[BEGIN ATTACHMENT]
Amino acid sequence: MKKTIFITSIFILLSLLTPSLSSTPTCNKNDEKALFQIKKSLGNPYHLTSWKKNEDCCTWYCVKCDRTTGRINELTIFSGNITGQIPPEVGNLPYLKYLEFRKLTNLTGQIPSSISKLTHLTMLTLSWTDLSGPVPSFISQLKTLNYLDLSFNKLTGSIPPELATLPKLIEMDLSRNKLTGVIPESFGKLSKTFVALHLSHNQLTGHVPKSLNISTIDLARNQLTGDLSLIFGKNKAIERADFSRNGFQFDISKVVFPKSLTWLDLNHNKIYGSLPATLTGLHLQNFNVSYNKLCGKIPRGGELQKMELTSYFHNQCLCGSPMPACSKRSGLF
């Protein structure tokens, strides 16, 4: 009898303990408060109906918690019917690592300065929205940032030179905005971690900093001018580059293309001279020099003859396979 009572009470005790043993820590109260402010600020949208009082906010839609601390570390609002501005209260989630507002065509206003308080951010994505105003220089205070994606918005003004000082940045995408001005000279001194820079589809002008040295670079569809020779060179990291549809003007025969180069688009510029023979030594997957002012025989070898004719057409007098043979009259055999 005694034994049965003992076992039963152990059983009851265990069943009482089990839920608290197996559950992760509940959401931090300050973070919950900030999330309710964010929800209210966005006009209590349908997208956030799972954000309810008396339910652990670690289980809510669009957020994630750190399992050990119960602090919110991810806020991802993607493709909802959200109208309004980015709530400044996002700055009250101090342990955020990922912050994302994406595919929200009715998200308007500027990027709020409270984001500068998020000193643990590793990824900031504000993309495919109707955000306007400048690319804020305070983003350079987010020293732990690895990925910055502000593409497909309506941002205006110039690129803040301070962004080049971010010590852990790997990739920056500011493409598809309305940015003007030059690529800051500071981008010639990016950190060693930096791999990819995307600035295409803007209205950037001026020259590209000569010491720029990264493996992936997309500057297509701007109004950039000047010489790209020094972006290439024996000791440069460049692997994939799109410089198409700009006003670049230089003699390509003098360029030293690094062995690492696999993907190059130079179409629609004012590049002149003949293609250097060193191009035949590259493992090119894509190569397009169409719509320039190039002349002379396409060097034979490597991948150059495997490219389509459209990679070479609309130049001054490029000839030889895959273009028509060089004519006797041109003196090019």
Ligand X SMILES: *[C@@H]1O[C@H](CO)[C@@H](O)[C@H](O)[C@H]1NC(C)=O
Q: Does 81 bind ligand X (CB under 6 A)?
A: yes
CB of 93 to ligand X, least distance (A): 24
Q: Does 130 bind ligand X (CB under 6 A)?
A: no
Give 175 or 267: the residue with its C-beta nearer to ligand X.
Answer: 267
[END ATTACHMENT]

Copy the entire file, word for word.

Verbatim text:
Amino acid sequence: MKKTIFITSIFILLSLLTPSLSSTPTCNKNDEKALFQIKKSLGNPYHLTSWKKNEDCCTWYCVKCDRTTGRINELTIFSGNITGQIPPEVGNLPYLKYLEFRKLTNLTGQIPSSISKLTHLTMLTLSWTDLSGPVPSFISQLKTLNYLDLSFNKLTGSIPPELATLPKLIEMDLSRNKLTGVIPESFGKLSKTFVALHLSHNQLTGHVPKSLNISTIDLARNQLTGDLSLIFGKNKAIERADFSRNGFQFDISKVVFPKSLTWLDLNHNKIYGSLPATLTGLHLQNFNVSYNKLCGKIPRGGELQKMELTSYFHNQCLCGSPMPACSKRSGLF
């Protein structure tokens, strides 16, 4: 009898303990408060109906918690019917690592300065929205940032030179905005971690900093001018580059293309001279020099003859396979 009572009470005790043993820590109260402010600020949208009082906010839609601390570390609002501005209260989630507002065509206003308080951010994505105003220089205070994606918005003004000082940045995408001005000279001194820079589809002008040295670079569809020779060179990291549809003007025969180069688009510029023979030594997957002012025989070898004719057409007098043979009259055999 005694034994049965003992076992039963152990059983009851265990069943009482089990839920608290197996559950992760509940959401931090300050973070919950900030999330309710964010929800209210966005006009209590349908997208956030799972954000309810008396339910652990670690289980809510669009957020994630750190399992050990119960602090919110991810806020991802993607493709909802959200109208309004980015709530400044996002700055009250101090342990955020990922912050994302994406595919929200009715998200308007500027990027709020409270984001500068998020000193643990590793990824900031504000993309495919109707955000306007400048690319804020305070983003350079987010020293732990690895990925910055502000593409497909309506941002205006110039690129803040301070962004080049971010010590852990790997990739920056500011493409598809309305940015003007030059690529800051500071981008010639990016950190060693930096791999990819995307600035295409803007209205950037001026020259590209000569010491720029990264493996992936997309500057297509701007109004950039000047010489790209020094972006290439024996000791440069460049692997994939799109410089198409700009006003670049230089003699390509003098360029030293690094062995690492696999993907190059130079179409629609004012590049002149003949293609250097060193191009035949590259493992090119894509190569397009169409719509320039190039002349002379396409060097034979490597991948150059495997490219389509459209990679070479609309130049001054490029000839030889895959273009028509060089004519006797041109003196090019």
Ligand X SMILES: *[C@@H]1O[C@H](CO)[C@@H](O)[C@H](O)[C@H]1NC(C)=O
Q: Does 81 bind ligand X (CB under 6 A)?
A: yes
CB of 93 to ligand X, least distance (A): 24
Q: Does 130 bind ligand X (CB under 6 A)?
A: no
Give 175 or 267: the residue with its C-beta nearer to ligand X.
Answer: 267